All About Google News

Google News

Two businessmen sitting on bench
Two businessmen sitting on bench. Credit: Village Production

Google News is a custom internet newspaper with articles from 4,500 different news sources and all the search functions of Google.

Google News has undergone many changes over the years, but overall functions remain essentially the same regardless of updates. For example, in 2018, Google added a variety of artificial intelligence updates designed to include cool features such as newscasts and fun elements from other Google-owned properties, such as YouTube and Newsstand.

The core of Google News remains the same, however, regardless of the endless updates deployed. For example:

  1. Not every website is a "news" website, so Google News and the search box restrict your search to only items Google classifies as "news." 
  2. Top Stories are listed towards the top of the page, or above the fold in newspaper terms. Scrolling down reveals more news categories, such as World, US, Business, Entertainment, Sports, Health, Technology and Science. Many of these suggestions are based on assumptions Google is making about news items that would interest you, but you can personalize your experience, too.
  3. A grouping of the main news sections is in the left navigation pane. To get to a particular type of news quickly, simply click on a news grouping that interests you.
  4. A variety of news section comprise the right-hand navigation pane. You might see sections such as In The News, Recent, Fact Check, Editor's Picks, Sports, etc.
  5. Across the top of the page are four buttons: Headlines, Local, For You and your country. Selecting a button gives you a choice of options. Headlines provides news from anywhere in the world, Local offers news stories in your actual location, and For You offers stories based upon your specific interests.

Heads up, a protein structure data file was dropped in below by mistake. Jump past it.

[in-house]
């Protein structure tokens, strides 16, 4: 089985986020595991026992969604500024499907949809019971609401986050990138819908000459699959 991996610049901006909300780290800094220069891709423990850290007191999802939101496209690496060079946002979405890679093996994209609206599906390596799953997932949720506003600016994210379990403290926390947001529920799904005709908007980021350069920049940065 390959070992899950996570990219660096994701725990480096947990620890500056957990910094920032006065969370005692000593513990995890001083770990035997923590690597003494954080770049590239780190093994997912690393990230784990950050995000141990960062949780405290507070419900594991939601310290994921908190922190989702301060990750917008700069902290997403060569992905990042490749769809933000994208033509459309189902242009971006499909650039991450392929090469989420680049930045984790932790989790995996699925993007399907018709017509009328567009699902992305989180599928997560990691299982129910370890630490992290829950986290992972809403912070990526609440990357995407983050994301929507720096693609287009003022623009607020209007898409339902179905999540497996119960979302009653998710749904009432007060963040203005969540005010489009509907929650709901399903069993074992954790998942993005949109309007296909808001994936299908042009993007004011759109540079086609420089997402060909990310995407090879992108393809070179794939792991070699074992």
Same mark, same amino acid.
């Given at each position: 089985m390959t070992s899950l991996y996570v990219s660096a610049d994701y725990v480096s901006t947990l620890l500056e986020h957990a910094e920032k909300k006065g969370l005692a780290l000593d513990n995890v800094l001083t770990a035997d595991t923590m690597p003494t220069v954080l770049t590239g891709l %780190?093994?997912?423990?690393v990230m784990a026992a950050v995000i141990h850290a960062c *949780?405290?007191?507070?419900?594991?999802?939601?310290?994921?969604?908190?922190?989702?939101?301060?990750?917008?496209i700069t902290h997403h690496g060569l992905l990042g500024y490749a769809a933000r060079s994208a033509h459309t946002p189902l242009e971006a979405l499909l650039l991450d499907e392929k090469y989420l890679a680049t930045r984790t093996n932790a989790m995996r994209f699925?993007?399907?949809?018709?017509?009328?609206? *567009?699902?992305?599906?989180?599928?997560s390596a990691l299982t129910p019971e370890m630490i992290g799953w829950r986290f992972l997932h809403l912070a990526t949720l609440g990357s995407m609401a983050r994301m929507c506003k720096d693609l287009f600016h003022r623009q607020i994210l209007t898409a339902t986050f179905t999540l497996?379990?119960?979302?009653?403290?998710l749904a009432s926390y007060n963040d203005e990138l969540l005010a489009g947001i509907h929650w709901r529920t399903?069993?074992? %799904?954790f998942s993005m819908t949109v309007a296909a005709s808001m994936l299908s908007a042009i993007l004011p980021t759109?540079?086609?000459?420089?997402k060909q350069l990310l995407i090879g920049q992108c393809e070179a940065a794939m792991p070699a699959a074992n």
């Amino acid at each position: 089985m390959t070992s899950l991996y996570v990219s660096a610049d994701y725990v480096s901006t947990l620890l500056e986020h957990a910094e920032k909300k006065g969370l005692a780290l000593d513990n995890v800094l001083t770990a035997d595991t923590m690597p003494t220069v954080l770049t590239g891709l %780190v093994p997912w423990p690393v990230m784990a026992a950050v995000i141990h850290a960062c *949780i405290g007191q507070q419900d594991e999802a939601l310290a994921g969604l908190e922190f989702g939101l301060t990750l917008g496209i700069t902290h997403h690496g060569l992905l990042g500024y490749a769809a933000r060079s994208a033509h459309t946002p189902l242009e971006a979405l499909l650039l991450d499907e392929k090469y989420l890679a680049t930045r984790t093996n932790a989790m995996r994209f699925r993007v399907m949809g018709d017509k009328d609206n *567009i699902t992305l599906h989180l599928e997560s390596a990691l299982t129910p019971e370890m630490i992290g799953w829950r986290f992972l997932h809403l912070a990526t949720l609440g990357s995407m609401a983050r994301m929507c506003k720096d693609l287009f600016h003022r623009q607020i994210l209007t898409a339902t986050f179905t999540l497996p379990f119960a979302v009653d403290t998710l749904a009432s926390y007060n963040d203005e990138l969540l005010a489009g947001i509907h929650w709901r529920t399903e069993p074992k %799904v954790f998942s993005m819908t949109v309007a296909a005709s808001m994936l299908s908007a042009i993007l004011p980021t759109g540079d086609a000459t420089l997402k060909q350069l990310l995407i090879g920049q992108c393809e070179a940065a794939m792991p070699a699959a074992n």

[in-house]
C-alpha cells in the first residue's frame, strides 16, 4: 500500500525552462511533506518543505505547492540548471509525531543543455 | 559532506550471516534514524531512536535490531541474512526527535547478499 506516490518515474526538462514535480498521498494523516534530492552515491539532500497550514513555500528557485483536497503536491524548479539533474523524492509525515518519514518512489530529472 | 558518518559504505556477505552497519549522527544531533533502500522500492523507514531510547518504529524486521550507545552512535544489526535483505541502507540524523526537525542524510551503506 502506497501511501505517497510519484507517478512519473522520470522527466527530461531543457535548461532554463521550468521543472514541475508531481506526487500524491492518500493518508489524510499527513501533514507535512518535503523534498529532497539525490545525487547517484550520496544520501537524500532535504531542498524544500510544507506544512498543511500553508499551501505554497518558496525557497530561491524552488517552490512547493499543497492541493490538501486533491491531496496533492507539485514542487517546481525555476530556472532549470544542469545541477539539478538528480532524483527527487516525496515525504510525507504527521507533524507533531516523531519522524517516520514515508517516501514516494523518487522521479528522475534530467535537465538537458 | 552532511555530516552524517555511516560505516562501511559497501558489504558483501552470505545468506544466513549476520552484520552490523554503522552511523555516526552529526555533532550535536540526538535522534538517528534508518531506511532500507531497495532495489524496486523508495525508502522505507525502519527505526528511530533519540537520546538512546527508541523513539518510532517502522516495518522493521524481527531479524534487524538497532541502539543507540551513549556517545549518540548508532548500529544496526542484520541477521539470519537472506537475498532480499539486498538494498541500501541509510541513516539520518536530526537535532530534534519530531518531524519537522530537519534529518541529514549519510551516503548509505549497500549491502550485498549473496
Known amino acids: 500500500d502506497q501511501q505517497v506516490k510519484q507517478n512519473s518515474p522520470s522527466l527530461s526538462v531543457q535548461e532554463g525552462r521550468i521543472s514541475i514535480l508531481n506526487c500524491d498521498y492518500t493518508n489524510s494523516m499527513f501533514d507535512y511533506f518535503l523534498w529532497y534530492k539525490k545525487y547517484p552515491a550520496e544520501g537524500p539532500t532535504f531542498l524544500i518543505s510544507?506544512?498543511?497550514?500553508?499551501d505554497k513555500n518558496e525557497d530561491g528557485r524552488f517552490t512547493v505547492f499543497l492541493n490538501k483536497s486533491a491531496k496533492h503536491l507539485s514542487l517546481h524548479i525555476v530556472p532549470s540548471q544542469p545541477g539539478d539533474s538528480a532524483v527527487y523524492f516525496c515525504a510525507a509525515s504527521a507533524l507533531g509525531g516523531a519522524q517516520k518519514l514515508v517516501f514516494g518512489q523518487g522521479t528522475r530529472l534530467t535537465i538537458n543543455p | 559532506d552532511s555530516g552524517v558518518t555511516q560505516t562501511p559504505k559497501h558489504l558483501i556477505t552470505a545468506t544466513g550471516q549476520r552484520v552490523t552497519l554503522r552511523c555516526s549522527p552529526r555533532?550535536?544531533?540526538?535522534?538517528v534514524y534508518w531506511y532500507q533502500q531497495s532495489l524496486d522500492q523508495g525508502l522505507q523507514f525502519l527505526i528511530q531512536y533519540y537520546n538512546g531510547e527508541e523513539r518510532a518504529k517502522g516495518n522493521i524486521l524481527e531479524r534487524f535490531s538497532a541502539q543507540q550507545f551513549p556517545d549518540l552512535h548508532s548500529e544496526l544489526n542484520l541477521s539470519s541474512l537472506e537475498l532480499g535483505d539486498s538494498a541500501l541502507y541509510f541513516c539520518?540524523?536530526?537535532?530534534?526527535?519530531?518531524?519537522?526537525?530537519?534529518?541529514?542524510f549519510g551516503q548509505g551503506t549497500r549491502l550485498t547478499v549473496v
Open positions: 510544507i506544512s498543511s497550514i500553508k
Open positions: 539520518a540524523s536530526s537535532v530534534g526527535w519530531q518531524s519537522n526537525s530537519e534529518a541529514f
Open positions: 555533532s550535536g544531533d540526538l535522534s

Screenshot of Google news home page.
    Screenshot of Google News page.

    Dateline

    In the image above, note how Google News shows the news source and the date it was published. (e.g. "Reuters 1 hour ago") This lets you find the freshest news article. It's particularly helpful to watch for this dateline with breaking stories.  

    Summaries

    Just as a newspaper offers part of a news article on the front page and then directs you to an interior page, Google News items only provide the first paragraph or so of a news item. To read more, you must click on the headline, which will direct you to the story's source. Some news items also have a thumbnail image.

    Clustering

    Google News clusters similar articles, as seen in the image below. Often many newspapers will republish the same article from the Associated Press or they'll write a similar article based on someone else's article. Related stories are often grouped near an example story. For example, an article about a high profile celebrity wedding would be grouped with similar articles. That way you could find your preferred news source. 

    Screenshot of Google News clustered articles.
    Clustering, or lumping similar articles together, is a standard Google News tactic.

    Customize Google News

    You can customize your Google News experience in several ways.

    • Change country localization by clicking the down arrow next to the country noted at the top of the page. Scroll down to select a new country.
    • Create new sections or reorder the way your news page looks by selecting Manage sections in the bottom of the left-hand navigation pane. For example, you could create a news section called "educational technology," and you could specify that you would like Google News to find fewer articles from ESPN and more from CNN. 
    • See more Editor's Picks by clicking the double arrow at the top of that section in the right-hand navigation pane. As you click that double arrow, the box will preview more picks from a variety of selected publications.
    • Add more of your specific interests to your newsfeed through the Manage sections area, too. Click Your interests, then enter the topics you want to see.

    Go to news.google.com to get started.